C’Etaient des Enfants

Search and Deportation: The Children Speak

June 20, 2012By Heidi EllisonArchive
Paris-Update C Etait-des-enfants2
Before they could be rounded up by the police, these orphans were evacuated from Paris and placed in non-Jewish families in the countryside. © Archives CDJC-Memorial de la Shoah. Coll. OSE.

Children absorb and reflect the world of their elders. At Drancy, the internment camp in France from which over 67,000 Jews, 6,000 of them children, were deported to the Nazi extermination camps, “ordinary life sometimes took over,” said Odette Dattroff-Baticle, an internee there in 1943. “The children played, but they had their own games: ‘Search’ and ‘Deportation’.”

That chilling image comes from the new exhibition “C’Etaient des Enfants” at Paris’s Hôtel de Ville, which attempts to conjure the world of the Parisian children whose families were dragged from their homes beginning exactly 70 years ago, in July 1942, by the French police. On that date, the 14,000 Jews arrested were sent to the Vélodrome d’Hiver near Paris for future deportation to Drancy and then onward to Auschwitz.

The exhibition tells the story from the point of view of the children themselves, with photos, drawings, poems, toys, eyewitness testimony and more. Altogether, 11,400 Jewish children, most of them Parisians, were deported from France or died in one of the French internment camps. Only 200 of them returned.

More than one of the exhibits here will sicken you. Here’s a long pale-yellow dress trimmed with burgundy ribbon with an ugly pumpkin-colored star marked “Juif” sewn onto it. Next to it is a photo of its owner, Tauba Szmukler, proudly wearing it – sans yellow star – in a school photo a year before.

Then there’s the poem by 10-year-old Fanny Gicht, a refugee in a home for children in the South of France, comparing her people to toads: “Nature made us so ugly/that everyone is afraid to touch us/But cowardice isn’t afraid/to touch us with its rough hands. It strikes us as if we had done something to it.”

Or how about “Youpino,” a propaganda Dick-and-Jane-style book to teach children about the perfidy of Jews, in which, for example, a Jewish boy cheats at games so he can win more toys.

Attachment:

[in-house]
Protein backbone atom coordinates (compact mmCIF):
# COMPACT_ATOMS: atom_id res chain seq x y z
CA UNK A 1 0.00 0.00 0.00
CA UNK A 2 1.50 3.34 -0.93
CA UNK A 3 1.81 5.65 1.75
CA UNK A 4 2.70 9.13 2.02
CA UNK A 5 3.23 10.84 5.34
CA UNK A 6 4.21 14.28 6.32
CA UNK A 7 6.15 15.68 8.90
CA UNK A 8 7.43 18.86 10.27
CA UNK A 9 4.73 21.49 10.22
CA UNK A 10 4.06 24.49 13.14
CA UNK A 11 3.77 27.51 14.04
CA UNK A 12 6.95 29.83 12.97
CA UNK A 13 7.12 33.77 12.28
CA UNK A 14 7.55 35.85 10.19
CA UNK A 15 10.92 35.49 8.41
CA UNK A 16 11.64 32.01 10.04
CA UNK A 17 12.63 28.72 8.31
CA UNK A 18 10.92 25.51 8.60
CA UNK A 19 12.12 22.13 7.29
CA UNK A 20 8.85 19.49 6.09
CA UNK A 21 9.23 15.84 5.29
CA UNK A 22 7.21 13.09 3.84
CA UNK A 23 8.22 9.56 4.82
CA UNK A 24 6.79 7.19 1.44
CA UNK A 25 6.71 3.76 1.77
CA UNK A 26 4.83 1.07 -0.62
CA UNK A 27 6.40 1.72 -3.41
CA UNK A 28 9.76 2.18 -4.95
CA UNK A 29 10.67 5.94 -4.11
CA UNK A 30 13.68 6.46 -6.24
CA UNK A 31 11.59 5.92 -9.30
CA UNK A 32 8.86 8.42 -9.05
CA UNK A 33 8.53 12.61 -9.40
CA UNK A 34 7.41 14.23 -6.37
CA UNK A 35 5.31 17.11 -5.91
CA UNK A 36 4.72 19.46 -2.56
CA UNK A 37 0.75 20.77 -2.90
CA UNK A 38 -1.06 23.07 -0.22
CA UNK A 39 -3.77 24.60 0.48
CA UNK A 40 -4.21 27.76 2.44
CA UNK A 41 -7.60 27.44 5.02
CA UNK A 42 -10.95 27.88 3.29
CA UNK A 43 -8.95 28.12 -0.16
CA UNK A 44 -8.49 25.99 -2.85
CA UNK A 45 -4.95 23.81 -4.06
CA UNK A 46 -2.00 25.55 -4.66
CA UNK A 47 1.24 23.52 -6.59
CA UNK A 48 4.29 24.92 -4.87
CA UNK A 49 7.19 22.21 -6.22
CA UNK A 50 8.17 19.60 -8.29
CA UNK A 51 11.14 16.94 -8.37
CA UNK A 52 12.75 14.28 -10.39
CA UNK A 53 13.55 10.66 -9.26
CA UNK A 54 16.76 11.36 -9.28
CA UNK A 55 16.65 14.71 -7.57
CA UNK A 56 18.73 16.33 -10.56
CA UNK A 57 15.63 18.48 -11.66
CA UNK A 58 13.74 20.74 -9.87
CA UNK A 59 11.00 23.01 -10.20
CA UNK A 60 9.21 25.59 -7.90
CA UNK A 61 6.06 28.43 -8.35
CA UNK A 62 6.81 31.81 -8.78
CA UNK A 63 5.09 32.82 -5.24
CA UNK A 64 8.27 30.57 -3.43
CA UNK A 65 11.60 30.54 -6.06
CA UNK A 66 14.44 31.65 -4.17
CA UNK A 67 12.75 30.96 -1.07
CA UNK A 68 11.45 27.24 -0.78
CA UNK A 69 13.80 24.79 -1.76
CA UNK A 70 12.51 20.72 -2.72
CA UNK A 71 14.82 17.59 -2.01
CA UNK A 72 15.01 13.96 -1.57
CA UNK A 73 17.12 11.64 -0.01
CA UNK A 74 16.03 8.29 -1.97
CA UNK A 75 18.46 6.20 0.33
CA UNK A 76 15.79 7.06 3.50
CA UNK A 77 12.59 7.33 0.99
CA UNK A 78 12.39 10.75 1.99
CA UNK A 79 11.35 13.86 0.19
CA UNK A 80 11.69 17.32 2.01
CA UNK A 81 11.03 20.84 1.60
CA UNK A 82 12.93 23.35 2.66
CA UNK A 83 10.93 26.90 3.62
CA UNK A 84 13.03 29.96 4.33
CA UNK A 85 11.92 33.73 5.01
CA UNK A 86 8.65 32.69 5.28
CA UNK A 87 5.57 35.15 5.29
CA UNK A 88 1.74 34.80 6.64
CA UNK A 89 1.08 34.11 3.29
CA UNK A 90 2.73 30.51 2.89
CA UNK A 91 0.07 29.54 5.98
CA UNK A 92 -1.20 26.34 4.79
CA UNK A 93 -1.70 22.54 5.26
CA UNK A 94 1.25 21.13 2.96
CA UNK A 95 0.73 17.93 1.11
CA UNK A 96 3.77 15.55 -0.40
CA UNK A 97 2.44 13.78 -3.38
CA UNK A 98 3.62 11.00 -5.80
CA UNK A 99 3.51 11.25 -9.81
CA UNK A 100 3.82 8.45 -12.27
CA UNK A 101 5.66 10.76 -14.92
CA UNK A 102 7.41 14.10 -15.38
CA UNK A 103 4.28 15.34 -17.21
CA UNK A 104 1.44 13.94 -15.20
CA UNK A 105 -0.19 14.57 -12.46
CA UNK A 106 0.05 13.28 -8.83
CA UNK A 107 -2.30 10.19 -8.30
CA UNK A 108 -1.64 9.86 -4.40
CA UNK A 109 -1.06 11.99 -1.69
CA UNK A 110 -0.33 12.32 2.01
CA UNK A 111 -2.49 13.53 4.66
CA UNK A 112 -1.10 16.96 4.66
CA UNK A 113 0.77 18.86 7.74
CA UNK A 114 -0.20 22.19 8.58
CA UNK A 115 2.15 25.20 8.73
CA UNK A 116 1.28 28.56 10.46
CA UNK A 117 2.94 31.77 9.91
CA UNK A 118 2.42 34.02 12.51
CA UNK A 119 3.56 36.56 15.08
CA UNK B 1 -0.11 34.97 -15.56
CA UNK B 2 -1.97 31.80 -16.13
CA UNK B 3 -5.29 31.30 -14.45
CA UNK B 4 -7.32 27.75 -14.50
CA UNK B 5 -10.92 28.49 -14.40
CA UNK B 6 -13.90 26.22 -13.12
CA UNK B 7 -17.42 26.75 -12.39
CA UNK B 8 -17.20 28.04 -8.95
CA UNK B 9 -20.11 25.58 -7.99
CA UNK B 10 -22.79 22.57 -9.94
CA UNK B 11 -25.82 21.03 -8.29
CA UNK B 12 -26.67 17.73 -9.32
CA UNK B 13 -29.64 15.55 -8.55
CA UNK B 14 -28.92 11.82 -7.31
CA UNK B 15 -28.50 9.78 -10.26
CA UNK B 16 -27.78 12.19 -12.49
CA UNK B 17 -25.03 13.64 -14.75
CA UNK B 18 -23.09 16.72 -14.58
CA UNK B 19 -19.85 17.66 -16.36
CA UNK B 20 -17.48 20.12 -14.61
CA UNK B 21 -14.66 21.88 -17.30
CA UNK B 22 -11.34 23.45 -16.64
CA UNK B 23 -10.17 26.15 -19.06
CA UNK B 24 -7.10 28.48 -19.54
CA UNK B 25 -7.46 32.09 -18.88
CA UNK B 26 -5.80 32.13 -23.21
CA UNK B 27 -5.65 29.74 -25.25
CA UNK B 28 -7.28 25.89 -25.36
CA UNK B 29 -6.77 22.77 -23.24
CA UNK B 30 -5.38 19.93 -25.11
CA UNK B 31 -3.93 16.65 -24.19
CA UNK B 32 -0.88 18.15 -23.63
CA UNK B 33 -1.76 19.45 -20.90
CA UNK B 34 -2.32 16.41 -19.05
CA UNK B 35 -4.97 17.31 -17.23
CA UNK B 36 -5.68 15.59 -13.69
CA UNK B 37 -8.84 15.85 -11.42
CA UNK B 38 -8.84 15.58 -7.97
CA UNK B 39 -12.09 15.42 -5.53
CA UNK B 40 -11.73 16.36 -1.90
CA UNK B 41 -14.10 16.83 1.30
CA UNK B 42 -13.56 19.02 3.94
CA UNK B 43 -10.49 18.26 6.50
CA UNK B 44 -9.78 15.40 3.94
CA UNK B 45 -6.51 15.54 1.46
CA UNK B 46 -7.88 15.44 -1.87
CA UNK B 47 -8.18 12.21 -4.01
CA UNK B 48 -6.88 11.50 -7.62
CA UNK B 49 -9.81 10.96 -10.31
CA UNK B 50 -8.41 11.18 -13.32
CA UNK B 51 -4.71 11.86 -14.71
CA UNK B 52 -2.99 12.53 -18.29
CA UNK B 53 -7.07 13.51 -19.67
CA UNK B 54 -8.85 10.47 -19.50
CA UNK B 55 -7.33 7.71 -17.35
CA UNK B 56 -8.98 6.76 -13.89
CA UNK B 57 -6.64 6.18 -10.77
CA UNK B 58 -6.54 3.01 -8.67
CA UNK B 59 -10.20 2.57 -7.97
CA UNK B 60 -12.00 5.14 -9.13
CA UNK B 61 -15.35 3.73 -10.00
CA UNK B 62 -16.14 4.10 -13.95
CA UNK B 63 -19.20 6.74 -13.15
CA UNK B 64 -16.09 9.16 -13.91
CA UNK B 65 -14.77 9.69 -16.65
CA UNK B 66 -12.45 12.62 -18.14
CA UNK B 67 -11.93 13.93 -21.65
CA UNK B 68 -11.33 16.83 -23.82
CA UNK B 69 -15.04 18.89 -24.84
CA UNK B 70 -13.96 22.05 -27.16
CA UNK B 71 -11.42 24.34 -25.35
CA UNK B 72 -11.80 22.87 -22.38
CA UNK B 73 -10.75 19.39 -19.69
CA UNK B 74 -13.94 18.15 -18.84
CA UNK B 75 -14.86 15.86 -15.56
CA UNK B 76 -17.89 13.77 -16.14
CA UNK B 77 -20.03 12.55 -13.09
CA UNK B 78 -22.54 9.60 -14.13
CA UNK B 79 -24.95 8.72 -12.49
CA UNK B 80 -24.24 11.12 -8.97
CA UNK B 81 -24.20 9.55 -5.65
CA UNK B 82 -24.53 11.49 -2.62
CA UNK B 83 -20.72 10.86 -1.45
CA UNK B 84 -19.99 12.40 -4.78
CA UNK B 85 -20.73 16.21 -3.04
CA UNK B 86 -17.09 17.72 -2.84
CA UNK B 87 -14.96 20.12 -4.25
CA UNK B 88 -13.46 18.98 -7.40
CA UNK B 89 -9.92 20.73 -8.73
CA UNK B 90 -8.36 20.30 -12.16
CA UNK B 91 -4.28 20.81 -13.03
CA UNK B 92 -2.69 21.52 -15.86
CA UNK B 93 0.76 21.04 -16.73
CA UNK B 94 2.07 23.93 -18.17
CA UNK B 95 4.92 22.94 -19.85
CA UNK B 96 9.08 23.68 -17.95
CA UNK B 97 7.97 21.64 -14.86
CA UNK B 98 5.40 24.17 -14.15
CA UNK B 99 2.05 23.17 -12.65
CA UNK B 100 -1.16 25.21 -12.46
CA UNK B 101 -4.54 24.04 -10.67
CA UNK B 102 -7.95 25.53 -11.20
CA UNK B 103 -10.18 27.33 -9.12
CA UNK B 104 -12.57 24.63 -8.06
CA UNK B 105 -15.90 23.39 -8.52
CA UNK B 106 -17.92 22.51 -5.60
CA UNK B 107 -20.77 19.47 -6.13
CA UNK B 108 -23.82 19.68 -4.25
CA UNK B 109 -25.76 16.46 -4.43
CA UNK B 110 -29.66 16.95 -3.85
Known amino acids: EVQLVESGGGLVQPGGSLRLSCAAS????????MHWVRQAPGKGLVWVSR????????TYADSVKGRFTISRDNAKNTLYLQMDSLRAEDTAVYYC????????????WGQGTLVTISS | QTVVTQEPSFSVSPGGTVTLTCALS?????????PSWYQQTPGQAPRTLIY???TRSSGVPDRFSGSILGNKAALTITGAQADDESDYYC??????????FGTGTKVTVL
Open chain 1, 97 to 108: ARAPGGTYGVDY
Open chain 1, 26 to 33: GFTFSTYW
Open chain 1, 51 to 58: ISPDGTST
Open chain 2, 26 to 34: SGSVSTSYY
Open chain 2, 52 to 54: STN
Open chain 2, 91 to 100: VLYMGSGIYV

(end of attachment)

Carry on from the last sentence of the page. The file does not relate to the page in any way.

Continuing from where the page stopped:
There are toys made out of wood for their children by fathers interned in camps, paper dolls and drawing books from Drancy and even a beautifully dressed but sad-looking baby doll next to its little suitcase full of clothes. It was one of the few survivors of the looting by the German occupiers of 38,000 Parisian apartments once inhabited by Jews who had fled or been deported. When the family of Francine Christophe returned to their apartment after the war, they found her doll still there—an unusual occurrence, since the Germans usually took everything, right down to the rolls of toilet paper.

The exhibition grew out of a project led by a group of Parisians who wanted to give names to the children who had been deported from the city’s schools and received support for their research from Mayor Bertrand Delanoë.

The “good” news from the exhibition is that around four-fifths of France’s Jewish children survived the war; some escaped with their families, some were helped by aid and resistance networks, some were hidden by individuals or in Catholic institutions (where they were often pressured to convert).

One survivor, François Szulman, who from the age of 12 hid with his family in an apartment on Rue Sainte-Marthe in the 10th arrondissement, was a talented artist who spent his time in hiding drawing his surroundings and forging ration tickets for bread (which the local baker recognized as forgeries but accepted anyway). A number of his drawings are on show, including a couple of his mother, who, unable to seek medical help, died of asthma in hiding in 1943.

Two other survivors, André Kahn and Charles Zelty, 16 and 19, are shown in an especially poignant photo sitting on a hotel bed in Paris after their return from Auschwitz, emaciated, half-dressed, with bandages on their legs, avidly eating from the same plate.

Even those who seemed to have survived unscathed, however, like the woman whose mother told her that as a little girl she hadn’t been affected by the war or even missed her absent father, recognize the invisible scars. “Were there any Jewish children who weren’t ‘marked’?” she asks.


Reader Andy Carpentier writes: “It was very moving to read your post and then go the expo’s own site. What a tragedy! A courageous opening and testimony to such a painful experience for all. Having seen the movie Sarah’s Key, I found this so very poignant.”

Reader Perci Chester writes: “This exhibit ‘C’Etaient des Enfants’ is long overdue, and I really appreciate knowing about it. I have a friend who as an infant in Paris was given to a lady when her parents were deported and only her father survived. He was never quite the same.”

Reader Richard Ewan writes: “There have been many discussions in our household about the French penchant to deny their racial prejudices and refuse to admit this ugly side of humanity. The more exhibits in France of this atrocious behavior by the French as well as Germans the better. It was the French who arrested these citizens for the deportations.”

Reader Bruce Carolan writes: “The only thing missing from the exhibit is any English translation for the many non-Francophones in Paris in summer.”


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